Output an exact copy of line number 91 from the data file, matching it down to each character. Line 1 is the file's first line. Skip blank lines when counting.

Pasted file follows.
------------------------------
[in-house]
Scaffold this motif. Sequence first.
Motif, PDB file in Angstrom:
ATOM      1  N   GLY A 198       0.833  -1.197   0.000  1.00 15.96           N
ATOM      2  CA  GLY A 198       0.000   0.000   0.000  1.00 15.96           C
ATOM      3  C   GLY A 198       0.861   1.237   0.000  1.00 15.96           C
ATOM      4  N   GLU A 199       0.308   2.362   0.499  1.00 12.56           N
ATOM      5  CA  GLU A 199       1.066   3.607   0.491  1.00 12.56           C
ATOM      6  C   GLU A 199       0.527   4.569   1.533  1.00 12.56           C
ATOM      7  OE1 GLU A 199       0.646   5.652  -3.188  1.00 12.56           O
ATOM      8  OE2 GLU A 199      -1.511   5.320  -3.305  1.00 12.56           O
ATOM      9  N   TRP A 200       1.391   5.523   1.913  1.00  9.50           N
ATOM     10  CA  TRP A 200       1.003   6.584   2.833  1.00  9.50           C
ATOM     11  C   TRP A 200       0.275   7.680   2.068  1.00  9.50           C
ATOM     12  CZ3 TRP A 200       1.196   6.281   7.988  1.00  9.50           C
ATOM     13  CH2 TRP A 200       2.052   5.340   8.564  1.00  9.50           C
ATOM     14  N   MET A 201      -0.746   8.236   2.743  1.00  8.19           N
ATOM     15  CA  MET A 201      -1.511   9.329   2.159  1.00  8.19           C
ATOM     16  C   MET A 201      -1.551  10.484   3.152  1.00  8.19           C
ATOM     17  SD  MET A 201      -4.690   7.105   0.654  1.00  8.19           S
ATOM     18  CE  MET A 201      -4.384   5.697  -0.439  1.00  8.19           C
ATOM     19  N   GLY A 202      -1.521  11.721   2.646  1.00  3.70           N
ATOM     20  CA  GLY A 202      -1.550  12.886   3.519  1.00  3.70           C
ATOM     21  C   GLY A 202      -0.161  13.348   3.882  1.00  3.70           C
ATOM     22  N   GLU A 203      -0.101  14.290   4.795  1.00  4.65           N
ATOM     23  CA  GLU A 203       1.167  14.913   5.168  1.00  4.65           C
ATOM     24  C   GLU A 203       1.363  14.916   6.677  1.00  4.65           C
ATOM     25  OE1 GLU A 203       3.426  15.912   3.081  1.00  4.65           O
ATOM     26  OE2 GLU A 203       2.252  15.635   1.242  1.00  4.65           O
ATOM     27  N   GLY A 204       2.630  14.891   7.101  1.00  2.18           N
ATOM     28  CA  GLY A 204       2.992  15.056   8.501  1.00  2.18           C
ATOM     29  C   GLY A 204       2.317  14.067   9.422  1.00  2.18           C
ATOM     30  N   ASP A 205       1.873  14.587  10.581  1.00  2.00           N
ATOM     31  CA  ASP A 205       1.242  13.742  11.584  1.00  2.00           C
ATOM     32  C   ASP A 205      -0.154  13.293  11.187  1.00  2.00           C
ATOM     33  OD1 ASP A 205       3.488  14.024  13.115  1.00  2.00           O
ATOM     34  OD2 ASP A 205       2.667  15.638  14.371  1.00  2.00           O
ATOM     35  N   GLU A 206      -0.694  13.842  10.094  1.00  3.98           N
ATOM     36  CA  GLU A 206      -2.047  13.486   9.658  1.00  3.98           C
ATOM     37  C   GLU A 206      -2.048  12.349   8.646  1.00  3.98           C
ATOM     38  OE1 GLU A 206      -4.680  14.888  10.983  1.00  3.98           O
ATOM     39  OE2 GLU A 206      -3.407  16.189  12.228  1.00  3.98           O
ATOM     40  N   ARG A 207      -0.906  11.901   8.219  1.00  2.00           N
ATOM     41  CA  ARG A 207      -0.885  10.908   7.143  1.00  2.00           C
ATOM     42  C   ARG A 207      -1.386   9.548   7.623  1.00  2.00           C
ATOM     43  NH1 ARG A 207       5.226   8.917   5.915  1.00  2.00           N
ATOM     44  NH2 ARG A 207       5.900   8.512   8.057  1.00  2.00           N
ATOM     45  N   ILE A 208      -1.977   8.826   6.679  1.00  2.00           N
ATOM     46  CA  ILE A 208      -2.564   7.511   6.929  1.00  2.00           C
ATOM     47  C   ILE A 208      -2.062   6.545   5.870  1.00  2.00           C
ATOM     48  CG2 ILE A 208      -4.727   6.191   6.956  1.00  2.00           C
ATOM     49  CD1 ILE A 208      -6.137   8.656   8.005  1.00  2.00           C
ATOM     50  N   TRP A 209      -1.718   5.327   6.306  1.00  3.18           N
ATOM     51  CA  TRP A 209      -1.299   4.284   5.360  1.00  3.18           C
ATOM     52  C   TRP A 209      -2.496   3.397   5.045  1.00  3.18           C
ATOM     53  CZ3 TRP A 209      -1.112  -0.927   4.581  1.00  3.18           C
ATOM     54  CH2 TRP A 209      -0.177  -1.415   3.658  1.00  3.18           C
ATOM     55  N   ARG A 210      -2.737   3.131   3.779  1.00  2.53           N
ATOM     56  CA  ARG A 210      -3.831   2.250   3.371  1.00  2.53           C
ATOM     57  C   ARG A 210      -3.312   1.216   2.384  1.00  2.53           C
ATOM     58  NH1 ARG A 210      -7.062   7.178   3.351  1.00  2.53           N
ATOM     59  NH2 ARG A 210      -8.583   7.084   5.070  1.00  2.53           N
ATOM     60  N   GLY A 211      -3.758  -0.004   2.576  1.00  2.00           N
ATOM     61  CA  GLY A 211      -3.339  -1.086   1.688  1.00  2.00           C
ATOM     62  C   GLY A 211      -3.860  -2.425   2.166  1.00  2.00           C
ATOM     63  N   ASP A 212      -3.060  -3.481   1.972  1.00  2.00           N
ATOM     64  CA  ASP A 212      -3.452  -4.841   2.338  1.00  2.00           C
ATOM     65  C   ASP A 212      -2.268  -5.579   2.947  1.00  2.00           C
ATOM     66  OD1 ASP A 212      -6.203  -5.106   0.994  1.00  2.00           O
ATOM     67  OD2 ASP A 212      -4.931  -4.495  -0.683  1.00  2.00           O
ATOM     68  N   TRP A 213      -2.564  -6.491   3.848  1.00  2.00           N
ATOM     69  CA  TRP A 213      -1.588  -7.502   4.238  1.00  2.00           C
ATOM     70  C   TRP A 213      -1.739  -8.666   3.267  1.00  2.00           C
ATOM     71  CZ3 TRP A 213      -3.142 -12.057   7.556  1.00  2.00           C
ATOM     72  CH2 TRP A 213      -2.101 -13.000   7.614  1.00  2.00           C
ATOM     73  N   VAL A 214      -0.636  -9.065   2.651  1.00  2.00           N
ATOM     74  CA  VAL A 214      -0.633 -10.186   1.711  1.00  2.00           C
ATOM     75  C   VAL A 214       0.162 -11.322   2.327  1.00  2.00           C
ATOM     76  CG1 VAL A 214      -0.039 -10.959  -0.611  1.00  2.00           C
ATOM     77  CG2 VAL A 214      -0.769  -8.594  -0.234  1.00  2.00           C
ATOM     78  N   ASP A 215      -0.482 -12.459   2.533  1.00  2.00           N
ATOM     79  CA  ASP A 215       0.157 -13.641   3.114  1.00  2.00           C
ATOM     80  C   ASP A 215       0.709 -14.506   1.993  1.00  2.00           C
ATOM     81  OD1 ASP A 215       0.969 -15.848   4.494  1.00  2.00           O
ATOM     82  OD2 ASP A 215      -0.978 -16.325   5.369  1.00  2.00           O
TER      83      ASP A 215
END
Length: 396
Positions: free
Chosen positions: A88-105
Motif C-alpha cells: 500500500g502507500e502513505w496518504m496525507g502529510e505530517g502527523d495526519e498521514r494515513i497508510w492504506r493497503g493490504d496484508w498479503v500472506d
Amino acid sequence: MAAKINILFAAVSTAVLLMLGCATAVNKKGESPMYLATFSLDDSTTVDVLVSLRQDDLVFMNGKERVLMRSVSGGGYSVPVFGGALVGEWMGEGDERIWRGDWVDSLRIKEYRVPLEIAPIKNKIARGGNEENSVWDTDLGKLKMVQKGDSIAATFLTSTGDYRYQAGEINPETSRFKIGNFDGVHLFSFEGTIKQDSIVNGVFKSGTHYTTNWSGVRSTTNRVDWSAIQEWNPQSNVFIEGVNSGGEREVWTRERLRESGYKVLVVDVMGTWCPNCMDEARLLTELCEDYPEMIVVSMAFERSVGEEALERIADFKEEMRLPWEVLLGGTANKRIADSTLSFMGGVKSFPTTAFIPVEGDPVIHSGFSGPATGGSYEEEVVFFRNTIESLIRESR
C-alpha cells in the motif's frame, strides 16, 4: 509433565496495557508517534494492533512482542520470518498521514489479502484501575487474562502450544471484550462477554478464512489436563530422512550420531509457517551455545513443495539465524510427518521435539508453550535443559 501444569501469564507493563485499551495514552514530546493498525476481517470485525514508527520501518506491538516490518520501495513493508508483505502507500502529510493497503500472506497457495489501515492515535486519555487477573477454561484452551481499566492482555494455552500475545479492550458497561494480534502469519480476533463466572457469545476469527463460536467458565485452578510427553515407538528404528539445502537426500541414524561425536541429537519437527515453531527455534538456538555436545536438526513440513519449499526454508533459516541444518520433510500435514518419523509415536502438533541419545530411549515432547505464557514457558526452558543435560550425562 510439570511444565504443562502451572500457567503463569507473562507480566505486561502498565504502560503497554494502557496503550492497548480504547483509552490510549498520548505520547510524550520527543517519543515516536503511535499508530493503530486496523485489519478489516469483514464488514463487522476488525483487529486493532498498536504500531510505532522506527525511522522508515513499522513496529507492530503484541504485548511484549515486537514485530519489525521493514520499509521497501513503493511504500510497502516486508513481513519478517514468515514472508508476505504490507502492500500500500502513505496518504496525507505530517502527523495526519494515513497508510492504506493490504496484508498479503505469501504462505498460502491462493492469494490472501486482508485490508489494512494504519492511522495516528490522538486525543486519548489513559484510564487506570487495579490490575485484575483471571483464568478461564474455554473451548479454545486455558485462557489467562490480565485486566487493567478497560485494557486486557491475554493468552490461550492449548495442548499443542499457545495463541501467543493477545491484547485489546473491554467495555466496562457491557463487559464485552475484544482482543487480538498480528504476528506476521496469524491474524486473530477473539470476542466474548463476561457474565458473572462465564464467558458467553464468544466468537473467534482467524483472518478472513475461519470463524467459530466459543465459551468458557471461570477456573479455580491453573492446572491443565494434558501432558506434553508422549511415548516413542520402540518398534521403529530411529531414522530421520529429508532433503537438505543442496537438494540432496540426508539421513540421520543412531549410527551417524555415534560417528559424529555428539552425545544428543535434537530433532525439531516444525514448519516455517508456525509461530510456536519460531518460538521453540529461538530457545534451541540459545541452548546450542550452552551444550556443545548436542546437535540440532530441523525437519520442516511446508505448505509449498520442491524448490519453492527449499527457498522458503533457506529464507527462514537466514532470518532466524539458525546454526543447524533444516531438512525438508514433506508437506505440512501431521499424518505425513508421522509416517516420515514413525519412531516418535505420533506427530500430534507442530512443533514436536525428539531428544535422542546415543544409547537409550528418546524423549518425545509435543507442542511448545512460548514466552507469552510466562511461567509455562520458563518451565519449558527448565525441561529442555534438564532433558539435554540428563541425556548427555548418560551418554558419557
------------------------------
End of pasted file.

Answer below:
Motif C-alpha cells: 500500500g502507500e502513505w496518504m496525507g502529510e505530517g502527523d495526519e498521514r494515513i497508510w492504506r493497503g493490504d496484508w498479503v500472506d